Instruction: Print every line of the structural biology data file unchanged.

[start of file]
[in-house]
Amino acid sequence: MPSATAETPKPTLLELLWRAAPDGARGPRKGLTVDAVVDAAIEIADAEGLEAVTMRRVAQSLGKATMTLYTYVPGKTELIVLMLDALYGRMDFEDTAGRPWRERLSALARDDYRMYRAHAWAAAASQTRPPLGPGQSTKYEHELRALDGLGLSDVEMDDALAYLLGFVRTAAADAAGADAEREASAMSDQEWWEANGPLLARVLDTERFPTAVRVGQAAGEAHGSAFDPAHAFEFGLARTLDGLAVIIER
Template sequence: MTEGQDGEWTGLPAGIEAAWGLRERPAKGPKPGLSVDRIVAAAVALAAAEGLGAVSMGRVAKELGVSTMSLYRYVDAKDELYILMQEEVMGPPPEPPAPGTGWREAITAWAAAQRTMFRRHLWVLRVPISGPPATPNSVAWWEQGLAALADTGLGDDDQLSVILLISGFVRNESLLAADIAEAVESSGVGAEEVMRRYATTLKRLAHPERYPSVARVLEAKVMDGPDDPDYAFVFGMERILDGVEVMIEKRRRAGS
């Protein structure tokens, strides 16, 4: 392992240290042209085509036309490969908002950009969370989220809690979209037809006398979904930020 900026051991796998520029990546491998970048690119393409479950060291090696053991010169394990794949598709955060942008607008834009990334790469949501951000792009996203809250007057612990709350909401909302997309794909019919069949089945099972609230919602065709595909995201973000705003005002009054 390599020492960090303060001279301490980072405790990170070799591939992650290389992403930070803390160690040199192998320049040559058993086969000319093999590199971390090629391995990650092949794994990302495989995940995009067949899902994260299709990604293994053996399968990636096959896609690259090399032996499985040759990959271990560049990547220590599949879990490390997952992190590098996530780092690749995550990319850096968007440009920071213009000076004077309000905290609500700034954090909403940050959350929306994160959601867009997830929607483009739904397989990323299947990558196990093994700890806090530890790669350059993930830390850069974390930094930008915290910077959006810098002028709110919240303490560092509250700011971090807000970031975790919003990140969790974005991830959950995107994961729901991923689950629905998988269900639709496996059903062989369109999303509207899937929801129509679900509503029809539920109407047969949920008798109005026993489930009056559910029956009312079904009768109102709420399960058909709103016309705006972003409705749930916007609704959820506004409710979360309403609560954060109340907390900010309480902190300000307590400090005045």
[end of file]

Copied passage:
[in-house]
Amino acid sequence: MPSATAETPKPTLLELLWRAAPDGARGPRKGLTVDAVVDAAIEIADAEGLEAVTMRRVAQSLGKATMTLYTYVPGKTELIVLMLDALYGRMDFEDTAGRPWRERLSALARDDYRMYRAHAWAAAASQTRPPLGPGQSTKYEHELRALDGLGLSDVEMDDALAYLLGFVRTAAADAAGADAEREASAMSDQEWWEANGPLLARVLDTERFPTAVRVGQAAGEAHGSAFDPAHAFEFGLARTLDGLAVIIER
Template sequence: MTEGQDGEWTGLPAGIEAAWGLRERPAKGPKPGLSVDRIVAAAVALAAAEGLGAVSMGRVAKELGVSTMSLYRYVDAKDELYILMQEEVMGPPPEPPAPGTGWREAITAWAAAQRTMFRRHLWVLRVPISGPPATPNSVAWWEQGLAALADTGLGDDDQLSVILLISGFVRNESLLAADIAEAVESSGVGAEEVMRRYATTLKRLAHPERYPSVARVLEAKVMDGPDDPDYAFVFGMERILDGVEVMIEKRRRAGS
């Protein structure tokens, strides 16, 4: 392992240290042209085509036309490969908002950009969370989220809690979209037809006398979904930020 900026051991796998520029990546491998970048690119393409479950060291090696053991010169394990794949598709955060942008607008834009990334790469949501951000792009996203809250007057612990709350909401909302997309794909019919069949089945099972609230919602065709595909995201973000705003005002009054 390599020492960090303060001279301490980072405790990170070799591939992650290389992403930070803390160690040199192998320049040559058993086969000319093999590199971390090629391995990650092949794994990302495989995940995009067949899902994260299709990604293994053996399968990636096959896609690259090399032996499985040759990959271990560049990547220590599949879990490390997952992190590098996530780092690749995550990319850096968007440009920071213009000076004077309000905290609500700034954090909403940050959350929306994160959601867009997830929607483009739904397989990323299947990558196990093994700890806090530890790669350059993930830390850069974390930094930008915290910077959006810098002028709110919240303490560092509250700011971090807000970031975790919003990140969790974005991830959950995107994961729901991923689950629905998988269900639709496996059903062989369109999303509207899937929801129509679900509503029809539920109407047969949920008798109005026993489930009056559910029956009312079904009768109102709420399960058909709103016309705006972003409705749930916007609704959820506004409710979360309403609560954060109340907390900010309480902190300000307590400090005045």